So I offer you the following resources:
  • A very short and simple format for morning, mealtime and bedtime prayer, adapted from Martin Luther’s own suggestions in the Small Catechism.

  • A pattern for Daily Prayer and Meditation to be used every day in family devotions.
Most of the elements of Daily Prayer and Meditation are set up to be repeated each day for a week, changing every Sunday, so every Sunday the order for Daily Prayer and Meditation will be printed on the back of the service folder (or offered as a separate insert). It will also be available for download on our website. The Scripture readings that make up the Daily Lectionary change daily, so they are printed on three bookmarks (for Old Testament, Psalm, and New Testament) which you can keep in your Bible at home. The references for the Daily Lectionary are from Lutheran Service Book, starting over each year on Ash Wednesday. You can use whichever Bible translation you wish. I recommend the English Standard Version or the New King James Version.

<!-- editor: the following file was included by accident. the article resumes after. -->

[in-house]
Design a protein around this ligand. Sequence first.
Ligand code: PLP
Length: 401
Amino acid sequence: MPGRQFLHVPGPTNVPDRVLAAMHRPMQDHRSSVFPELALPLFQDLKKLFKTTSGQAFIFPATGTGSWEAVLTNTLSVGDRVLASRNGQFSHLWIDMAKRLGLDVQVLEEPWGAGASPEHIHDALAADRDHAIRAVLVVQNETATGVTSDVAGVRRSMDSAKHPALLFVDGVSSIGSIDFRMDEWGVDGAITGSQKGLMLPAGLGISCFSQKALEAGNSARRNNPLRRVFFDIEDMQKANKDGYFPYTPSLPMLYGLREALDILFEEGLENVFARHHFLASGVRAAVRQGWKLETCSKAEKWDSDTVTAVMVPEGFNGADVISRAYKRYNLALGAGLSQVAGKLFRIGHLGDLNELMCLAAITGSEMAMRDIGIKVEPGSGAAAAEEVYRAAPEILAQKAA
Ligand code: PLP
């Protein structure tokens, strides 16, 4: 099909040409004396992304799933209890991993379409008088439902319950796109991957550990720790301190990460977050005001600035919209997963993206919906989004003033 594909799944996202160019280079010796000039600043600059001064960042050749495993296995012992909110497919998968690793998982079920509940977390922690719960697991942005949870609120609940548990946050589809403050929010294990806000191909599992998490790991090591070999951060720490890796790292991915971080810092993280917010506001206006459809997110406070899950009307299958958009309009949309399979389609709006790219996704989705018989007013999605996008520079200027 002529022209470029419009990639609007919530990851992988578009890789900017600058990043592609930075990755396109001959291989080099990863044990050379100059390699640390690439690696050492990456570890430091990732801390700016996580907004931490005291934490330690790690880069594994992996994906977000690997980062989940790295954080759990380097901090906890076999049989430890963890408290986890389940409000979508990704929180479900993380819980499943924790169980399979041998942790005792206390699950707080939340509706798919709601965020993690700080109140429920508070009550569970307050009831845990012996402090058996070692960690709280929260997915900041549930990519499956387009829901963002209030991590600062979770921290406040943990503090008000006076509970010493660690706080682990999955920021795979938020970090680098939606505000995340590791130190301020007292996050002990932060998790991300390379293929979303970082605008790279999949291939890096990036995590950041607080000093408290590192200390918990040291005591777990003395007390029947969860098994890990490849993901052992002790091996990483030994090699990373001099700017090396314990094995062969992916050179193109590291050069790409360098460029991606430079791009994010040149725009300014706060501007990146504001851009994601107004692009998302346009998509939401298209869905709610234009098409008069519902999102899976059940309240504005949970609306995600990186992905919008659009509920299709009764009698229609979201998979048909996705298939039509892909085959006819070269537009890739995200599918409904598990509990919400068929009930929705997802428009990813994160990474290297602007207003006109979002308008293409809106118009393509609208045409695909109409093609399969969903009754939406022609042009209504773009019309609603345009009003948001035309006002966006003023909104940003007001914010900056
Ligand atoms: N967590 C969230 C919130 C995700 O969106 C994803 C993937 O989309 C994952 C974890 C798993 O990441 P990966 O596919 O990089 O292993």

Families that follow this daily routine will read through about 1/3 of the Old Testament and almost all of the New Testament every year, and the Book of Psalms will be prayed through at least twice a year. The entire Small Catechism is relearned each year as well.

Luther says in his Preface to the Large Catechism, “I am a doctor and preacher. Yet I act as a child who is being taught the catechism. Every morning—and whenever I have time—I read and say, word for word, the Ten Commandments, the Creed, the Lord’s Prayer, the Psalms, and such. I must still read and study them daily. Yet I cannot master the catechism as I wish. But I must remain a child and pupil of the catechism, and am glad to remain so.”

Let us all remain “children and pupils of the catechism.” The resources I am setting before you are not the only possible Lutheran resources that can be used. They are intended to be a useful discipline for keeping our families constant in prayer and firmly rooted in the Scriptures and in the Small Catechism. Putting this discipline into practice as a congregation can only serve to bring us closer together around the truth of God’s Word. As for me and my house, we will begin using these resources today.

Morning and Bedtime Prayer
Mealtime Prayers and general format for Daily Prayer & Meditation
Daily Lectionary Bookmarks - Lent through Easter 2012



* Additional resources (all from Concordia Publishing House):